ONE of the constants in Australian political commentary (in fact, probably all around the globe) is the economy.
And a subset of that topic is wages.
The conversation around wages usually centres on how they are too high and we aren’t competitive when it comes to overseas workers and thus costs.
But one of the things businesses who outsource the making of their products to overseas companies don’t acknowledge is that the workers in those countries – many of who are on slave labour wages – aren’t buying their product or services.
However, they see no conflict in then selling their product or service to Australian consumers.
The fact is the last couple of Federal budgets have seen a loss of revenue in many areas.
And one of them is the anticipated growth in wages not eventuating.
Sure, there are a couple of unions who have been able to win some unbelievable conditions for their members.
But there are also plenty of professional workers out there who are paid way below what they should be getting – and not those professions which have enormous political clout.
The latest discussion on employment and wages has centred on the backpacker’s tax.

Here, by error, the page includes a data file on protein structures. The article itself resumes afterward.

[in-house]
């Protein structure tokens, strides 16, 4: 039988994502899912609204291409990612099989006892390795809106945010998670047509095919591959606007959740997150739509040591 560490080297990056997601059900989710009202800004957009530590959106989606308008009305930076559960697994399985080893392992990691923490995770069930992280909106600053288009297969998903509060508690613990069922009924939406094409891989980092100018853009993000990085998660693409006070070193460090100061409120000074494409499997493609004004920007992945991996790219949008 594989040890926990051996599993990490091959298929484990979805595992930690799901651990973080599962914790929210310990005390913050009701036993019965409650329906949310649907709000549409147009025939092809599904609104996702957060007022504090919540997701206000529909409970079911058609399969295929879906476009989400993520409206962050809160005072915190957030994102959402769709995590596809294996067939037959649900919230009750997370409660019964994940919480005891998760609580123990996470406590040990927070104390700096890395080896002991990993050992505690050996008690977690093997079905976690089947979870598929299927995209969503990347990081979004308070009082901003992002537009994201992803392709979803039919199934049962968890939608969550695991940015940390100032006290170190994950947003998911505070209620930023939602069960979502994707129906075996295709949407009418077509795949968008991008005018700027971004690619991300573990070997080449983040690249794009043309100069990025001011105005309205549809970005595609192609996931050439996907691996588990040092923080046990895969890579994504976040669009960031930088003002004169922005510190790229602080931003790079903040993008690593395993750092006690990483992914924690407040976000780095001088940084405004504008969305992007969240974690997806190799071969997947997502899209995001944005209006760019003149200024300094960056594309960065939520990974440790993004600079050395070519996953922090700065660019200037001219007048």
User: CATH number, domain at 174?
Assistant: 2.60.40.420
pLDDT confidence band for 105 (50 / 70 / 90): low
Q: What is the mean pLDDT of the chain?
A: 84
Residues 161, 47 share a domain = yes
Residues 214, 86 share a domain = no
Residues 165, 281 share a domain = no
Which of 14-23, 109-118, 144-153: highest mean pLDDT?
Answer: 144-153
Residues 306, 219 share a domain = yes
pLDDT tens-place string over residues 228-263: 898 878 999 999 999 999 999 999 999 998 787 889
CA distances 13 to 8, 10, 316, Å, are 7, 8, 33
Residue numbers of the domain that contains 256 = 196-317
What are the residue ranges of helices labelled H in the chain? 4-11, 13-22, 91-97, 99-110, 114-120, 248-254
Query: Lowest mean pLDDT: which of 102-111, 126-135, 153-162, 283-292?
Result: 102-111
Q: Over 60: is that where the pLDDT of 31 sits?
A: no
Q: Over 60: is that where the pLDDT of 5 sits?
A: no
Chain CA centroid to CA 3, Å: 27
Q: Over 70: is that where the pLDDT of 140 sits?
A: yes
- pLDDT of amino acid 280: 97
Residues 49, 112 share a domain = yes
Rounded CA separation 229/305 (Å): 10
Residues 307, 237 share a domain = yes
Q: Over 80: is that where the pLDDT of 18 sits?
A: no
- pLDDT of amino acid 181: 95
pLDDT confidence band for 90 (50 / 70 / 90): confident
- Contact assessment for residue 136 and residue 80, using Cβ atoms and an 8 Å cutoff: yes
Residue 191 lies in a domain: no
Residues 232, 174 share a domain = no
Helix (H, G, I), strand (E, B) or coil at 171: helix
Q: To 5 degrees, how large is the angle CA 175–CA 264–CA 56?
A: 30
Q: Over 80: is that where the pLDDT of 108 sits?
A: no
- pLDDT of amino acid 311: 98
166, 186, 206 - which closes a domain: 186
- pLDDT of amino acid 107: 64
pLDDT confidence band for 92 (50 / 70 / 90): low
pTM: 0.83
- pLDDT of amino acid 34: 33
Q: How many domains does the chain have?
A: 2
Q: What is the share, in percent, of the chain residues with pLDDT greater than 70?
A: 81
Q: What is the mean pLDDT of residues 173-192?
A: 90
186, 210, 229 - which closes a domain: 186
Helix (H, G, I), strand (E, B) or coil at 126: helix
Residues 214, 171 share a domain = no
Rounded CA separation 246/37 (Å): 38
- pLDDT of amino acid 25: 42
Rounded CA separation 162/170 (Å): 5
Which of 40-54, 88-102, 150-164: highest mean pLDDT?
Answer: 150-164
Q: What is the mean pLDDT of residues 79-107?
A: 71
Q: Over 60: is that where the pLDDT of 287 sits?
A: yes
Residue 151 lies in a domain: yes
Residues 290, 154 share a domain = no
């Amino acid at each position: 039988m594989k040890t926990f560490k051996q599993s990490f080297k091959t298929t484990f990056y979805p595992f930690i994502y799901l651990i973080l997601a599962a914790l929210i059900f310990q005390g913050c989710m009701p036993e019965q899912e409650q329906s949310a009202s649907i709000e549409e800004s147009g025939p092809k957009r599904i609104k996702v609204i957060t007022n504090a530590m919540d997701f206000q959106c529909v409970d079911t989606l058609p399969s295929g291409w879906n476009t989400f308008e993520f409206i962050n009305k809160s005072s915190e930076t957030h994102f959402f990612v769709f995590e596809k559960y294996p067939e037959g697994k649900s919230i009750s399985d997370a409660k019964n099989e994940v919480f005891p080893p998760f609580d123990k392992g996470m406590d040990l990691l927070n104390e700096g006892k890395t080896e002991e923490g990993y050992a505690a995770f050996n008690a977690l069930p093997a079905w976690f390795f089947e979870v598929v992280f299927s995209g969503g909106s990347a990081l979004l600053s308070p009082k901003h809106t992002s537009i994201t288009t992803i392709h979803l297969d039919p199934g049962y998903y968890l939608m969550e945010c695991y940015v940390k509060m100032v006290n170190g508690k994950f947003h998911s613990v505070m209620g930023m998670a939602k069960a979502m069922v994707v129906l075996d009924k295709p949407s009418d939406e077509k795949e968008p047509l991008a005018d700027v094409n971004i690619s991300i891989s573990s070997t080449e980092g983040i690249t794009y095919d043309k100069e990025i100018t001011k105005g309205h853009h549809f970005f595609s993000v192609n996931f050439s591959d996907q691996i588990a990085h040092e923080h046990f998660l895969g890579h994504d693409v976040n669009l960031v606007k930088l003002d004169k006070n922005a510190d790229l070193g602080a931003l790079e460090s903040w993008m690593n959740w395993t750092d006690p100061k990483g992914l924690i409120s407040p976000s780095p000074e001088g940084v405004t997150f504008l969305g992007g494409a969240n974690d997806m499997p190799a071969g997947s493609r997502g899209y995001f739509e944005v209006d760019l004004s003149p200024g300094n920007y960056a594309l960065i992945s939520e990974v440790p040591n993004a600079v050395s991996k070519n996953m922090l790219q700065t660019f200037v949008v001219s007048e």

The tourism industry says if we tax backpackers too much they won’t come to Australia and that will affect tourism and thus the economy.
Please tell me how much backpackers actually add to the tourism industry.
Farmers say they need to use backpackers because Australian workers are too soft and don’t like doing hard work.
I agree with the Deputy Prime Minister Barnaby Joyce who told me in an interview people on unemployment benefits, if they are physically able, should be prepared to travel to where the work is.
“It doesn’t matter if it is at St George or Mildura,” he said.
“It is no good them sitting at Blacktown waiting for the mango tree to come to them.”
Which is all well and good, but there are some logistical problems that have to be tackled first.
Firstly, how do people get to these locations?
Secondly, what is the accommodation going to be like?
We don’t want to recreate the circumstances shown in the Australian classic movie The Shiralee.
Farmers have to be prepared to provide living quarters that contain, at least, toilet facilities, a shower, running water, kitchen facilities and a floor soft enough for people to be able to sleep in a swag.
And the enduring problem of the aged worker raises its ugly head again.
While some people over 50 might not be able to do hard manual labour, they can certainly drive harvesters, chaser bins and tractors and do tasks in a shearing shed or in preparing and packing harvested asparagus.
I tried to get some work at harvest time last year, but couldn’t get a nibble, and it was the same with fruit picking.
Most people I know are prepared to buy clean and green Australian produce.
But if money is tight then they are going to buy cheaper produce, usually from a supermarket, and of course people are going to shop on-line.
The fact is we are all in this together and what hurts one sector certainly has an effect on others.